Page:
Writers: Toby Marlow & Lucy Moss
Directors: Lucy Moss & Jamie Armitage
Reviewer: Tom Finch
Every now and then a show comes along that is so well put together, so engaging and so hugely enjoyable that five stars doesn’t quite seem enough. If only there was the option to award six stars. Six – The Musical which burst into the Arts Theatre is one such show.
Written by Toby Marlow and Lucy Moss, Six sees the now ex-wives of Henry VIII form a girl band and perform a concert which allows them to tell their side of the now familiar story just about anyone who took a history class in the UK will be aware of.
The show begins with the six women taking to the stage and welcoming the audience to the “histo-re-mix” mocking the idea that they can each be summed up by one word (divorced, beheaded, died, divorced, beheaded, survived) and instead give us glimpses of fully realised, complicated characters.
Each queen takes a solo where they try to convince the audience, and each other, that they had the hardest luck. Indeed it’s hard to feel envious for any of them, although Anne of Cleeves (played with real vigour by the superb Alexa McIntosh) is certainly pleased with how she made the best of a bad situation.
The cast really are on top form here. The fact that a show comprised entirely of a diverse range of women seems refreshing in 2018 is a solid reminder of how little has changed in the 400 years since those axes swung and how far there is to go. In fact, one of the best moments comes as Aimie Atkinson’s Katherine Howard sings a great song that begins with celebrating her beauty and sexual prowess but ends as a chilling indictment of the culture that led to the Me Too movement.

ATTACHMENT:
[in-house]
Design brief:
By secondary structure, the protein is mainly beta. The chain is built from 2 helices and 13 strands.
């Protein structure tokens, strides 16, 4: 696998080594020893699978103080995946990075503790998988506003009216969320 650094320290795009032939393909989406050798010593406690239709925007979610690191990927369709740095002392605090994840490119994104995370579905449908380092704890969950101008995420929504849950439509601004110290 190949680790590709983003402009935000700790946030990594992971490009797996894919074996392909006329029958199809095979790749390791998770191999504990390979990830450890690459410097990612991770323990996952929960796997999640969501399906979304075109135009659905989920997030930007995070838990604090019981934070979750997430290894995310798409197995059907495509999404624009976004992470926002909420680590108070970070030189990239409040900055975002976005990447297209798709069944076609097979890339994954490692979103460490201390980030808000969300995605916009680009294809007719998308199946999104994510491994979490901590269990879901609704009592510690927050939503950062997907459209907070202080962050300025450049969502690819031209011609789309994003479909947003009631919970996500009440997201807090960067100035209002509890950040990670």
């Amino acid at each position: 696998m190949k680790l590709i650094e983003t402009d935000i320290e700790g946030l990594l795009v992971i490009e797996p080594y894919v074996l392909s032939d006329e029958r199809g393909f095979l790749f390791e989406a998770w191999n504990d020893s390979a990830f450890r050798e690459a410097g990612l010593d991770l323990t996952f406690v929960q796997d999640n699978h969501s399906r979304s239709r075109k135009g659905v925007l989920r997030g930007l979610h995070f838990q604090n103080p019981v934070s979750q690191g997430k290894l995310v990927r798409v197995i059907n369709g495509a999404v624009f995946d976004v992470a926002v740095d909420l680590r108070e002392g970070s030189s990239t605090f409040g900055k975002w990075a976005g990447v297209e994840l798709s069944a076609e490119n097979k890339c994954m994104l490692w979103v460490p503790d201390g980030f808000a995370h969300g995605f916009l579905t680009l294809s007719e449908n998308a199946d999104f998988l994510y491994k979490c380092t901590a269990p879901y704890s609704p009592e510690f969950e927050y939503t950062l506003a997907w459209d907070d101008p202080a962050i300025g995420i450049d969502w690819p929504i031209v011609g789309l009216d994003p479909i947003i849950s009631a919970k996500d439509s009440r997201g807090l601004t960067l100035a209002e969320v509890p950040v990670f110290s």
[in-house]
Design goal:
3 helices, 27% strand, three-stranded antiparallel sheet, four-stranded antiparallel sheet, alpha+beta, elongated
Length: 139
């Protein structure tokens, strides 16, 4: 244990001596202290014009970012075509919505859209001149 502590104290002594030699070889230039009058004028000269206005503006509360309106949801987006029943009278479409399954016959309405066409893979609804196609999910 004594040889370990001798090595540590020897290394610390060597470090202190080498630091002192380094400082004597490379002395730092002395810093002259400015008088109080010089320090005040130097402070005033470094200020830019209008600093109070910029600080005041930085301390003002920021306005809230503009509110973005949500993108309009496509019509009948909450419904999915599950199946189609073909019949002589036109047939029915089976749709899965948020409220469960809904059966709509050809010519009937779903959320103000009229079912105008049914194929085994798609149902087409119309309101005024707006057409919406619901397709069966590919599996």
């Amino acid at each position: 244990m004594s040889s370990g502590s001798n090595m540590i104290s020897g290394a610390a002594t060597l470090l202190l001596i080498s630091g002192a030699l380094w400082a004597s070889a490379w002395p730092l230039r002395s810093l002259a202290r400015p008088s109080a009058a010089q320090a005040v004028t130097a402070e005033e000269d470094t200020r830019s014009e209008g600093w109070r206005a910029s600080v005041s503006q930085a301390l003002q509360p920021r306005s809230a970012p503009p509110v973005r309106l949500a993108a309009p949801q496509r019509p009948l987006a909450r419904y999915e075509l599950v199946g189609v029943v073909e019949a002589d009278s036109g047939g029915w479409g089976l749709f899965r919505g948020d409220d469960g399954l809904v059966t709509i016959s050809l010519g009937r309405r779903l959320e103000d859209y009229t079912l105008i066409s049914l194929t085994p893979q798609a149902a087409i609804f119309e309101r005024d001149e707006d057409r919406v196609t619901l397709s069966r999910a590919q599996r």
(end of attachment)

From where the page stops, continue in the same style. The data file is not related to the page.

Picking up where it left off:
The rest of the cast, Jarneia Richard-Noel (Catherine of Aragon); Millie O’Connell (Anne Boleyn); Natalie Paris (Jane Seymour) and Maiya Quansah-Breed (Catherine Parr) each bring a searing vitality to their roles which perfectly coalesce into a stirring and entirely appropriate conclusion.
Marlow and Moss’s music and lyrics are as exciting as any new score of this decade. With a wide range of modern pop influences, the tunes will stay in your head for days. Lyrically the duo give Sondheim and Lin Manuel Miranda a run for their money. In fact, as modern interpretations of historical dramas go, there’s case to make for this show being more enjoyable than the musical behemoth Hamilton.
There really aren’t enough superlatives for this show. It’s edgy, modern and more than needed in a theatre landscape that for too long has been dominated by old school. This musical about dead women from the 1500s firmly belongs in the 21st-Century. Buy yourself a ticket, go along and be prepared to be blown away.
Runs until 14 October 2018 | Image: Idil Sukan